10 Killer Leadership Skills: The Great Differentiators?

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Last week at Hallmark I hosted a couple gentlemen from a partner company. During our return trip to the airport, I asked them to share their greatest business challenge. One of them paused for a moment, then answered with a simple word: TALENT. He went on to explain how there are many passionate, bright, technically adept candidates out there who are so close to “having it all”. Except for one thing.

They can’t write.

He then shared his belief that if someone can’t write clearly, he or she isn’t thinking clearly either. Which made me curious as to what the rest of you believe, because I’m not the best person to provide an unbiased opinion on whether writing is important.

I published my first (bad) poem when I was six years old, started at Hallmark as a greeting card writer (harder than it looks) 18 years ago, led the company’s writing and editorial disciplines for a few years (best job ever), and now spend much of my time weaving together facts, figures, and ideas to help others see a future they haven’t yet experienced. (Or is THIS the best job ever?)

I tell stories for a living, and so I obviously think it matters a great deal.

But is it the great differentiator? If not, what is? By the time you get past the “price of entry” leadership skills—drive for results, building effective teams, business acumen, organizational savvy—which skills REALLY make the best leaders stand out from the crowd?

Below are 10 Killer Leadership Skills that I believe set the high bar for greatness.

1. Empathy: Actively listening. Understanding yourself and others. Discerning a mutually beneficial path through a difficult issue. The most effective leaders are very emotionally intelligent, and make others feel not only understood and respected, but also empowered.

2. Vision: Imagining a preferred future. Projecting trends of all kinds—psychological, demographic, design, economic—and combining them with original thought to envision what could be. Whether it’s a new singular product idea or a new business, a strong vision outlines the big picture. Hard work fills it in.

3. Agility: Great leaders are able to re-examine goals and plans when new information becomes available. Sometimes what you thought was a good decision yesterday isn’t today. Great leaders can quickly change course without causing extraneous drama.

4. Story: Understanding context, creating a compelling point of view, and telling a memorable tale about it. Can you do it? Great storytellers get people to buy into their vision. Kind of how we NEED that new product after seeing a great ad for it. (Snickers, anyone? It really satisfies, you know.)

5. Strategy: Patterns. Patterns, patterns. Great leaders identify pertinent information and form related (and even seemingly unrelated) dots into opportunities. They see meaning where others don’t. And then they do something with it.

6. Inspiration: Do you inspire follow-ship? The best kind of leader is someone others willingly take personal risks for. They believe in what you stand for, and they want to be part of something greater than themselves. Great leaders appeal to the expansiveness in us!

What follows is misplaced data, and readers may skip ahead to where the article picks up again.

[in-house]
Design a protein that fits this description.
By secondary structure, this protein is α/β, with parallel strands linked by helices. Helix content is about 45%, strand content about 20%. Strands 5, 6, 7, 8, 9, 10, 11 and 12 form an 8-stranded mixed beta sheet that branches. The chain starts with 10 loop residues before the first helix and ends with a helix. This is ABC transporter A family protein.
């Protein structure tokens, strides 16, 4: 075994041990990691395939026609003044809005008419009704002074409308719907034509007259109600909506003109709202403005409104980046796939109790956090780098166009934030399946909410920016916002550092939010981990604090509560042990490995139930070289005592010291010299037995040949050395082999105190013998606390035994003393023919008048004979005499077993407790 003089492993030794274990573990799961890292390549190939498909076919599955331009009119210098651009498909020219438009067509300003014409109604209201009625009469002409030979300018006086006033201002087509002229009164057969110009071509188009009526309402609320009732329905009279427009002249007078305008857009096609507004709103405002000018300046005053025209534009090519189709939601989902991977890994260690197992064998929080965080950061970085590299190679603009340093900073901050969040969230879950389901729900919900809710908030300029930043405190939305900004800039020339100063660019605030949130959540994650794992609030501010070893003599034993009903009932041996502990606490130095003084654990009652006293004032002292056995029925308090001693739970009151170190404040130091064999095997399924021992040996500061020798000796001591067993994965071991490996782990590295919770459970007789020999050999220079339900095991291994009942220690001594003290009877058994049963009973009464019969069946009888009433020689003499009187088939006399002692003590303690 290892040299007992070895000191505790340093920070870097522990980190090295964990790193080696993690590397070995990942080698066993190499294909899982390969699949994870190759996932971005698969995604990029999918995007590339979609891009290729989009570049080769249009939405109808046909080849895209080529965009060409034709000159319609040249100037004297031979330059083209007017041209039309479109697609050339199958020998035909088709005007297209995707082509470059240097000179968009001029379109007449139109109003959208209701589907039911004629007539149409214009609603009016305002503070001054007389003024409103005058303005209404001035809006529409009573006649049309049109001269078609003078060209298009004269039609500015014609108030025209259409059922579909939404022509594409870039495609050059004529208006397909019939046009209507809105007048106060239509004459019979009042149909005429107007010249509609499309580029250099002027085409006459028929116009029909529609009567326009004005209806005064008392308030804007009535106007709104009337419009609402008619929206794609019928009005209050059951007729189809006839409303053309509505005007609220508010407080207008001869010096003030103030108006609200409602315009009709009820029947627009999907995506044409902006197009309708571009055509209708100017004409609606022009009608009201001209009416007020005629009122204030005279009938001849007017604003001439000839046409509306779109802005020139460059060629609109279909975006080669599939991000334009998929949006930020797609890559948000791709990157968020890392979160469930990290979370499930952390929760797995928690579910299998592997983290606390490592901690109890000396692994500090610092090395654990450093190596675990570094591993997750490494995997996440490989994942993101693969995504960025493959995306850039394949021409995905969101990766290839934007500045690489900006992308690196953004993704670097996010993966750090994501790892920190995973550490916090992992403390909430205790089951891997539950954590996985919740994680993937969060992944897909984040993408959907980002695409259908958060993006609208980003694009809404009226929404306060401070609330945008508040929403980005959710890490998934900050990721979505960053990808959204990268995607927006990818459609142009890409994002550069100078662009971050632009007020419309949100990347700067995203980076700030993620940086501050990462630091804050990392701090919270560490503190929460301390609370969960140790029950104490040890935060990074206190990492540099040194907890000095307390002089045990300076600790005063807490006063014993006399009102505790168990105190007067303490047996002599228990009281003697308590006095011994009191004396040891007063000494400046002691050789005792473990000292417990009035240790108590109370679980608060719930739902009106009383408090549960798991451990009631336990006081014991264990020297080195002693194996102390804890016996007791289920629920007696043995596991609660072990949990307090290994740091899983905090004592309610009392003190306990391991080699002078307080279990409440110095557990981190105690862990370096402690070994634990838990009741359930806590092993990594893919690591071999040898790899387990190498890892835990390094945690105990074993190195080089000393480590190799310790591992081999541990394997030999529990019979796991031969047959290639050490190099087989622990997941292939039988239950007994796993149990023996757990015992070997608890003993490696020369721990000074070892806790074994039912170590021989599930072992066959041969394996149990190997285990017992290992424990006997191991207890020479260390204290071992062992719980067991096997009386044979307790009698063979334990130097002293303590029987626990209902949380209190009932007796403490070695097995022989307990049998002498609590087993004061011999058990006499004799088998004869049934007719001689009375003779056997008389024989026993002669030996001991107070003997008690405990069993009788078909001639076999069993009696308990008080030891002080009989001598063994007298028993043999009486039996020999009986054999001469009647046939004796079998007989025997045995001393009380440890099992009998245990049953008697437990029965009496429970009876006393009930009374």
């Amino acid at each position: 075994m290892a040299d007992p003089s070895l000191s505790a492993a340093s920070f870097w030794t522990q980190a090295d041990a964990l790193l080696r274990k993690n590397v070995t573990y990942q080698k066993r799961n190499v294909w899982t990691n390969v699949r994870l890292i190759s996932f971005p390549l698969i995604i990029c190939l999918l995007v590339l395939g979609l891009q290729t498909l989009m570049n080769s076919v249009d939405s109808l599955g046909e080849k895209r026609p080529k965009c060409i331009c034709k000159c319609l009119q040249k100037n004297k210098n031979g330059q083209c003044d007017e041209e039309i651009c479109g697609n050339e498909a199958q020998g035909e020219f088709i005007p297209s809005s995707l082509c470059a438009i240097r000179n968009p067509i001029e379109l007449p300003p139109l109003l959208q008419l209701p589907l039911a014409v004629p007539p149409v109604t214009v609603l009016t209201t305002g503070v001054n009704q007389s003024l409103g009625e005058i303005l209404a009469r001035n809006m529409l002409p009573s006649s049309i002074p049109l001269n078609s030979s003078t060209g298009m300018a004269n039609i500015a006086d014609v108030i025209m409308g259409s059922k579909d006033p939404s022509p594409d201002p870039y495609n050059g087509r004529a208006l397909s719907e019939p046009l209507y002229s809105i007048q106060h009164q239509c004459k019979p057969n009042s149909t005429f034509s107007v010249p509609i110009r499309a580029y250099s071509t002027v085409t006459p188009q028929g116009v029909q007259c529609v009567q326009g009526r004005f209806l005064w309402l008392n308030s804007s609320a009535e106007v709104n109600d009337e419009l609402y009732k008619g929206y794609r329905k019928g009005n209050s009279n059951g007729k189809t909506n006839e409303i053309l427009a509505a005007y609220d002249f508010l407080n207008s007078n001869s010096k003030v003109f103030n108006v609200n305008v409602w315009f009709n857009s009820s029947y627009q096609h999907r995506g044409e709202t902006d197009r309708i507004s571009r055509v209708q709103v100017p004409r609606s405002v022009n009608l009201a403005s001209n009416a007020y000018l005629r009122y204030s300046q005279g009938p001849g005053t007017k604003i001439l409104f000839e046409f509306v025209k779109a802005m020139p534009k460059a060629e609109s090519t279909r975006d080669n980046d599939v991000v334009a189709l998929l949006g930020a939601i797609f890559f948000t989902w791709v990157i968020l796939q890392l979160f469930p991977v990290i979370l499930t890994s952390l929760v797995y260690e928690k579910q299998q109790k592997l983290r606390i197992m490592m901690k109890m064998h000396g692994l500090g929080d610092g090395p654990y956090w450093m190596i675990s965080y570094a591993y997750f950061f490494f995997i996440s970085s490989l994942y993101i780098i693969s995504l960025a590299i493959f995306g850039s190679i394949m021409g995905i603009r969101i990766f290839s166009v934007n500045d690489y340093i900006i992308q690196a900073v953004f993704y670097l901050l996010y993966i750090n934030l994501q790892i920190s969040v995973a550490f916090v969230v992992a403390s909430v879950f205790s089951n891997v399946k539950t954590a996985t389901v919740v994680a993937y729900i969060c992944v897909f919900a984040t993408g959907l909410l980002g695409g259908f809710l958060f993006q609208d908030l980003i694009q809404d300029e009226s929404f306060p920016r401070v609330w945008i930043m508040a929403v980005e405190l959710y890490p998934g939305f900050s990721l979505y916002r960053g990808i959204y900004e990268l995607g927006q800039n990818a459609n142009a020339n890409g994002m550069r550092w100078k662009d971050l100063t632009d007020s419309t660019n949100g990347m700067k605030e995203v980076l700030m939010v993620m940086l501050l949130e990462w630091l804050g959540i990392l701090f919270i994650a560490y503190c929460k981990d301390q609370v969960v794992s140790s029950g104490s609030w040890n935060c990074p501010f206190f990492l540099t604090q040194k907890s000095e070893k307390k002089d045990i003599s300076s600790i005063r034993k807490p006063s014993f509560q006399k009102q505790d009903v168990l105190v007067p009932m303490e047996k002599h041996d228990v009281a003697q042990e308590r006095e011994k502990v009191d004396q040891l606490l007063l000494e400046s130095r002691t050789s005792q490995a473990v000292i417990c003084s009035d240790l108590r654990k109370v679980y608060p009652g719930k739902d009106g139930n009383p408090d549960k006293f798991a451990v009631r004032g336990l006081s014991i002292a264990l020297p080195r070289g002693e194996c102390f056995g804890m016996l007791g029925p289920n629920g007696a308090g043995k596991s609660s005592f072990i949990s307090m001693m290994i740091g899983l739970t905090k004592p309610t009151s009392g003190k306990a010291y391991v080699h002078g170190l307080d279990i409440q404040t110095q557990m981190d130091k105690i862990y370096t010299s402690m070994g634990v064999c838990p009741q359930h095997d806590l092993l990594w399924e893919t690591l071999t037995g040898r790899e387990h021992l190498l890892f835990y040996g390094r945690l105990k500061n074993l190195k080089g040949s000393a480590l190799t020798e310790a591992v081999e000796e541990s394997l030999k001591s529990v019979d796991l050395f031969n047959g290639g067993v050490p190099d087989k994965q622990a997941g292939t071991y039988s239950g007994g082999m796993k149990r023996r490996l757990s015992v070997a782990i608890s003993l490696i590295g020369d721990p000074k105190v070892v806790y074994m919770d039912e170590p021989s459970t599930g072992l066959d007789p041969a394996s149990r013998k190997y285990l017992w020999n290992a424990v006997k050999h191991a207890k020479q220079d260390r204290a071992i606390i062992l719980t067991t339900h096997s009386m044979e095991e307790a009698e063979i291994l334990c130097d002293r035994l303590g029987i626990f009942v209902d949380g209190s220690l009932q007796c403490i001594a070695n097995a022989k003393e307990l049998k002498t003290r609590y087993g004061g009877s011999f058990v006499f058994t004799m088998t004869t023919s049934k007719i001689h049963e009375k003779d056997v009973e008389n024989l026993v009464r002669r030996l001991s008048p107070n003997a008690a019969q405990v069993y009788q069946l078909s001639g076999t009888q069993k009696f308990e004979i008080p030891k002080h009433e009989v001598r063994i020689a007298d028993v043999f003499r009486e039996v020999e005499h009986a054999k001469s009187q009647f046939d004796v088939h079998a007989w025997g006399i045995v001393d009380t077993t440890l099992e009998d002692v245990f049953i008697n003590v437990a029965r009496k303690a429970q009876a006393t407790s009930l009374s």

7. Creative Problem Solving: “Thinking outside the box” is a dated term, because there are few boxes anymore. Business challenges are truly unique and our culture is so volatile. The ability to re-see a problem from a new angle, and experiment with multiple paths forward sharpens a team’s ability to uncover relevant solutions.

8. Presence: Call it poise, composure, command skills, or the “EF Hutton” effect. Whatever you call it, when great leaders walk into a room, you know it. When they speak up, people lean forward to listen. When they offer praise, others feel validated. Somehow the things they do, say, and think carry a gravity you can feel.

9. Authenticity: Great leaders are transparent in times of change, vulnerable in times of loss, and genuine at all times. They are relatable and trustworthy. Because of this, they can mobilize teams faster.

10. Courage: Great leaders ask tough questions, tell the truth, and expect the best of themselves and others. They question even their own assumptions. The bust up norms if it means securing the future of their company or their work. They are bold, and they inspire boldness in the people around them.
There you have it. Tara Jaye’s list of 10 Killer Leadership Skills, inspired by years of leader-watching, as well as years of leading…complete with a few of my own “learn the hard way” moments.

Of course, 10 is not a magic number–it’s just a clean one. What did I miss, friends? What would you add? Delete? Edit? Inquiring minds want to know.

This article was first published on LinkedIn Pulse.

Tara Jaye Frank

Tara Jaye Frank is VP of Multicultural Strategy for Hallmark Cards, Inc. and the author of Say Yes: A Woman’s Guide to Advancing Her Professional Purpose, written to help women from all cultural backgrounds chart a career course they can believe in and achieve. Follow her on Twitter @tarajfrank and Facebook at Facebook/tarajayefrank, or visit her at tarajayefrank.com.

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  • Daniel Jones